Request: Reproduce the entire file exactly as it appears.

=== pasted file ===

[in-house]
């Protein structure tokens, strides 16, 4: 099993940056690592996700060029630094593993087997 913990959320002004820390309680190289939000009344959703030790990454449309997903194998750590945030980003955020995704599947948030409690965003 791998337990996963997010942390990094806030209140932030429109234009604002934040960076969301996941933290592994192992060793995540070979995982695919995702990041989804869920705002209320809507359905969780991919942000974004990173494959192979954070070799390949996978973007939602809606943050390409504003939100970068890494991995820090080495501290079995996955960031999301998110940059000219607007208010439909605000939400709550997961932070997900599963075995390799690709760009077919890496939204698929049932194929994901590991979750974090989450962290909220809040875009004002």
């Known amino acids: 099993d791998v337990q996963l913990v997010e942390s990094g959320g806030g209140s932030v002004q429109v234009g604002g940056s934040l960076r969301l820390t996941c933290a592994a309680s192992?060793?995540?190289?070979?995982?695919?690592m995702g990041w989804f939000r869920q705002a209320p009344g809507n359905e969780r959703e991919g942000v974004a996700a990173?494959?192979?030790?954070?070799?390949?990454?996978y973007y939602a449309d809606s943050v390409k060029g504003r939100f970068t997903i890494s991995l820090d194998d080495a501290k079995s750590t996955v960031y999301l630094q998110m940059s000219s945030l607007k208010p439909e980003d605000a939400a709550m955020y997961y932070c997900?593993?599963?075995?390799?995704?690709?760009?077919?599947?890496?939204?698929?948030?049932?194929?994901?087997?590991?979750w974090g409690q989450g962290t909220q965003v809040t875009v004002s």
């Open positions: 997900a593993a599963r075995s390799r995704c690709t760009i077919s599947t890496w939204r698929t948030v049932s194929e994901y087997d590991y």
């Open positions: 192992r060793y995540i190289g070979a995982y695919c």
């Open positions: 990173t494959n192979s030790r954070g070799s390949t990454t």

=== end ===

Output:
[in-house]
């Protein structure tokens, strides 16, 4: 099993940056690592996700060029630094593993087997 913990959320002004820390309680190289939000009344959703030790990454449309997903194998750590945030980003955020995704599947948030409690965003 791998337990996963997010942390990094806030209140932030429109234009604002934040960076969301996941933290592994192992060793995540070979995982695919995702990041989804869920705002209320809507359905969780991919942000974004990173494959192979954070070799390949996978973007939602809606943050390409504003939100970068890494991995820090080495501290079995996955960031999301998110940059000219607007208010439909605000939400709550997961932070997900599963075995390799690709760009077919890496939204698929049932194929994901590991979750974090989450962290909220809040875009004002």
């Known amino acids: 099993d791998v337990q996963l913990v997010e942390s990094g959320g806030g209140s932030v002004q429109v234009g604002g940056s934040l960076r969301l820390t996941c933290a592994a309680s192992?060793?995540?190289?070979?995982?695919?690592m995702g990041w989804f939000r869920q705002a209320p009344g809507n359905e969780r959703e991919g942000v974004a996700a990173?494959?192979?030790?954070?070799?390949?990454?996978y973007y939602a449309d809606s943050v390409k060029g504003r939100f970068t997903i890494s991995l820090d194998d080495a501290k079995s750590t996955v960031y999301l630094q998110m940059s000219s945030l607007k208010p439909e980003d605000a939400a709550m955020y997961y932070c997900?593993?599963?075995?390799?995704?690709?760009?077919?599947?890496?939204?698929?948030?049932?194929?994901?087997?590991?979750w974090g409690q989450g962290t909220q965003v809040t875009v004002s």
């Open positions: 997900a593993a599963r075995s390799r995704c690709t760009i077919s599947t890496w939204r698929t948030v049932s194929e994901y087997d590991y």
């Open positions: 192992r060793y995540i190289g070979a995982y695919c």
């Open positions: 990173t494959n192979s030790r954070g070799s390949t990454t």